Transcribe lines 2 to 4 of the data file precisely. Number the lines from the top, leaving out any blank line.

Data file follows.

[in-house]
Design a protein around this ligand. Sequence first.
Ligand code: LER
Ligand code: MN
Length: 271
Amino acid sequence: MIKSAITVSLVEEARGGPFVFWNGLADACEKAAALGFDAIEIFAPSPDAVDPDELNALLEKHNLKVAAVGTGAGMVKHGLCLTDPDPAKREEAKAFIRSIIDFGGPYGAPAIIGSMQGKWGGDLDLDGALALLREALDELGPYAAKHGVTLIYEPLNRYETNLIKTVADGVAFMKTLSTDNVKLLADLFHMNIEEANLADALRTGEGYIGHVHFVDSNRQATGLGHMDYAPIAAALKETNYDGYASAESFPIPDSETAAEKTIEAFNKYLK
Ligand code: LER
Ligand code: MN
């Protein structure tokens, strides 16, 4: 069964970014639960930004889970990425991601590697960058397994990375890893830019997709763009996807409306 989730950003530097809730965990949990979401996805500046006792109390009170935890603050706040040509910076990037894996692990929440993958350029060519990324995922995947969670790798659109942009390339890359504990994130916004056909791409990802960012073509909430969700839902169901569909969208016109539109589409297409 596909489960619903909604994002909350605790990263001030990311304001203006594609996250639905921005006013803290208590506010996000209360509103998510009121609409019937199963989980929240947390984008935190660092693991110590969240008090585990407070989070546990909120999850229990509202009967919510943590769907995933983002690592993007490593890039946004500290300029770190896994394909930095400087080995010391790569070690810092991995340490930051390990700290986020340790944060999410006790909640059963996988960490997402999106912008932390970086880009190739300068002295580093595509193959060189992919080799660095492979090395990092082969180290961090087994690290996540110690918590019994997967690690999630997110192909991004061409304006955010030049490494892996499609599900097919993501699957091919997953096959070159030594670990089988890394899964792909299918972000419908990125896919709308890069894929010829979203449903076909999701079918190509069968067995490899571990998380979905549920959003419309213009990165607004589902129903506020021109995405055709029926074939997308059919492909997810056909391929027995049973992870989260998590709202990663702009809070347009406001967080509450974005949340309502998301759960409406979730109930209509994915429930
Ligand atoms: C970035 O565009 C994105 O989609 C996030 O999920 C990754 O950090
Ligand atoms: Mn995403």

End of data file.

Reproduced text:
Design a protein around this ligand. Sequence first.
Ligand code: LER
Ligand code: MN